Throughout history, humans have always collected stuff. What has changed is that instead of collecting, we’ve become obsessed with “buying”. New cellphones every two years, fast fashion, takeaways all the time - our desire to shop never ends, and the amount of perfectly good items that end up in our landfills, and our environment, never ends either!
Pledge #2 of the 28 Day Challenge is reducing your environmental impact by making wise purchasing decisions instead of feeding the need to "buy, buy, buy!"
What can I do?
Ultimately, your pledge is just to buy a lot less stuff, particularly disposable items. This means that you will actually save plenty of cash and, in the long run, even time. Pledge #2 is simple - do whatever you can to buy less stuff!
There are some golden questions to ask yourself before you purchase anything. These questions will help you achieve a simple mindset change that will get you started on your way to buying less stuff:
- Do I actually need this new item?
- If I’m replacing something, what was really wrong with it?
- If I’m upgrading something, could it wait a while longer?
- Could I borrow it instead?
- Do I need a brand new full-price item, or could I buy a second-hand item for less?
- How will I dispose of this item when the time comes, and how will I dispose of the old one I am replacing?
You’ll often find that the simple process of thinking through your shopping list, or doing online research about a product before buying it, not only helps to end up with better deals - but also helps you make better buying decisions.
Why does it matter?
The rise in the consumerist culture, unfortunately, goes hand-in-hand with the overconsumption of our planet’s resources and the creation of waste that is beyond our capacity to deal with. Added to that is the fact that all the energy, raw materials, labour, transport, etc. that went into that product needs to be duplicated with every new iteration.
Right now, plastic is a $522 billion industry - and production is expected to double by 2040. We're already struggling to cope, and things are only going to get worse if we don't curb our consumption. Fortunately, as The Pew Charitable Trusts study summarised in the image below indicates, we can curb most of that simply by reducing the amount of plastics we use and support alternative technologies!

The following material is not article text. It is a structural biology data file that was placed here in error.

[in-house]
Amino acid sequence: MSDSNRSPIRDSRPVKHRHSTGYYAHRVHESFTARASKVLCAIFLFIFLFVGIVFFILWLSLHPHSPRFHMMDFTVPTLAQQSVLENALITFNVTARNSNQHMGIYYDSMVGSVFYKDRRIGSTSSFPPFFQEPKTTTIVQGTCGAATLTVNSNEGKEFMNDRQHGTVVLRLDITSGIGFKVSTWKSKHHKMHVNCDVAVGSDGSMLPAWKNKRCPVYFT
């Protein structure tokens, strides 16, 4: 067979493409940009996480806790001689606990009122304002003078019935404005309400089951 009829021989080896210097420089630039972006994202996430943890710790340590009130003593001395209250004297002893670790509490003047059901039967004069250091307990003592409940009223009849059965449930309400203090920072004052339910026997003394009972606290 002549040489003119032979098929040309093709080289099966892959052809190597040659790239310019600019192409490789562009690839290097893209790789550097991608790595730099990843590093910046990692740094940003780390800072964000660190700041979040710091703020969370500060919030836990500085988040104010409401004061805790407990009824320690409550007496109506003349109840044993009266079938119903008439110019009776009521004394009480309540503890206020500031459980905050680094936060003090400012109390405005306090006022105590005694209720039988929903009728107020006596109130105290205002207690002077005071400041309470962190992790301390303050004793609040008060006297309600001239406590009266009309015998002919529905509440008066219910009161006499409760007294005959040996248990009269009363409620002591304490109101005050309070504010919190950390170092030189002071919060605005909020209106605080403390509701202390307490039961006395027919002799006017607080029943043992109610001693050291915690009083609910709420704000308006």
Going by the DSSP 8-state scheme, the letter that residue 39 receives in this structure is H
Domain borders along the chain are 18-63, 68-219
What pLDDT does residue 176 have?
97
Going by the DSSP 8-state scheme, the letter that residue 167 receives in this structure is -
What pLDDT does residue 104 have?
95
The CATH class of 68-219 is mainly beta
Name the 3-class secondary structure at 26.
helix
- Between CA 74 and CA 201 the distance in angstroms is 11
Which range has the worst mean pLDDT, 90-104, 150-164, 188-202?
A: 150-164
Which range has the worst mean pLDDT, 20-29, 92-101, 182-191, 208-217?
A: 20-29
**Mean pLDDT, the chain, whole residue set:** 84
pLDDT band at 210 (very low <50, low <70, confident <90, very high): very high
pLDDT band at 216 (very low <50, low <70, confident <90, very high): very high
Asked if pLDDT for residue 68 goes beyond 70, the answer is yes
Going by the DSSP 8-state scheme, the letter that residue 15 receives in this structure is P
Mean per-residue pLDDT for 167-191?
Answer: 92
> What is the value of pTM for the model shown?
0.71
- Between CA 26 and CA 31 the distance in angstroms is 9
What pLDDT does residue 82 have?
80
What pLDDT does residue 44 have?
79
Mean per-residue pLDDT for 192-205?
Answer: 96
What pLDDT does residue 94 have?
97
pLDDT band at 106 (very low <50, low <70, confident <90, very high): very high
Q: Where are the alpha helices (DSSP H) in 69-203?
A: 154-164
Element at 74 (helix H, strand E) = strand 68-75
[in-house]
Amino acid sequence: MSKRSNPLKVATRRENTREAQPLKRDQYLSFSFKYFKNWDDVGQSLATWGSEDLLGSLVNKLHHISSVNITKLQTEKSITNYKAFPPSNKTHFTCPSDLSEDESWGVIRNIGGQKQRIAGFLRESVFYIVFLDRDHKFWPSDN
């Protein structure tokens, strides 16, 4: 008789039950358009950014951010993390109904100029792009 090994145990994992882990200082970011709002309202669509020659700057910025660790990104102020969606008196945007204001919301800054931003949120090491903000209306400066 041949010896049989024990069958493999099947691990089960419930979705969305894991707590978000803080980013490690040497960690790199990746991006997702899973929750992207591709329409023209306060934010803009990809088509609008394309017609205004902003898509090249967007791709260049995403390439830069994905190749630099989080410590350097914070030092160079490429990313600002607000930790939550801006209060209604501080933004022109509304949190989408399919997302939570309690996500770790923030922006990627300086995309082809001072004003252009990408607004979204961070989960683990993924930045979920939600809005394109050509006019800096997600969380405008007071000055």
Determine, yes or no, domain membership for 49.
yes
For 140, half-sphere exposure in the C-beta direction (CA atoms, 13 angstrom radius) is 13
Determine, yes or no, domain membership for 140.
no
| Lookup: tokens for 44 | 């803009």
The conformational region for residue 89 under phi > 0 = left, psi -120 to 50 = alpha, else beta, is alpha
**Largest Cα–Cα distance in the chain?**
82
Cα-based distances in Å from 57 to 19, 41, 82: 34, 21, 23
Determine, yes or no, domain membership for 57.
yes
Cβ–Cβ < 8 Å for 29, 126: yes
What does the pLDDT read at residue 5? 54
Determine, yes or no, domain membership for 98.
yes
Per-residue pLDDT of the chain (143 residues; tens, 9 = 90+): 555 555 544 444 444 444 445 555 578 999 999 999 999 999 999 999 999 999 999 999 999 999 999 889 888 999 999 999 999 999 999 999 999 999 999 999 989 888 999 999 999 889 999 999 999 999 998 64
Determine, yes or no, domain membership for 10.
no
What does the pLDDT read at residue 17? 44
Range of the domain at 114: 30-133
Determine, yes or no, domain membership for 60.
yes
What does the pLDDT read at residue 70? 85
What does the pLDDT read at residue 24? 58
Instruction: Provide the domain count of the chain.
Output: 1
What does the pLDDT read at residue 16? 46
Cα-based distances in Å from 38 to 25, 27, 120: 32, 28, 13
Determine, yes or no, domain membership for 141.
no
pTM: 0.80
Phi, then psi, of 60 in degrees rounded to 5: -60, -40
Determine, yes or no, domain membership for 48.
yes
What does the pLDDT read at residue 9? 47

While increased consumption certainly is “positive” in the sense that it means more people are having their needs met and jobs are being created, excessive overconsumption is wreaking havoc on our natural world. Studies have also found that people who make a conscious effort to buy less stuff, seem to be happier individuals - and we all need a little more happiness right now!
Myth-busting: Being sustainable means I can’t buy nice things
Not at all! Sustainability doesn’t mean you can’t keep up with trends, or that you can only have old outdated gadgets. Sustainability means making purchases based on informed decisions, rather than buying for the sake of giving into your urges to continuously consume.
By all means, get that new cellphone, but ask yourself if the new one really is that much better, or if your current one can serve its purpose for another year. Want a new look for your living room? Go for it, but maybe spend your money on quality items that build your personal sense of style, rather than cheap plastic knick-knacks.
Who can I follow?
If you’re looking for inspiration to help you buy less junk, one of the best things you can do is follow users of those products on channels like YouTube, eg. a photographer or a chef. By following fellow consumers, and not basing our opinions purely on the advertising that is designed to make us want to buy more, you’ll find that you gravitate towards things that will satisfy you in the long run. You end up with better quality and less wastage as a result.
If you want to feel inspired about the gradual global shift away from consumerism and wastefulness - take a look at the concept of The Circular Economy of the Ellen MacArthur Foundation.
The Ellen MacArthur Foundation has made incredible strides in working with large brands and retailers to shift towards a circular model. Listen to Ellen MacArthur who explains the benefits from an economical perspective - and even though these changes are not yet present in all industries, you’ll learn to recognise ways that you can circularise your own consumption - eg. recycling glass or your old cellphone.
Take the 28 Day Challenge! Make your Ocean Pledge!
This post is part of the #28DayOceanPledgeChallenge! You can find the other 27 posts and challenges on the Two Oceans Aquarium website, or by signing up for the Challenge newsletter below to receive one challenge a day for 28 days: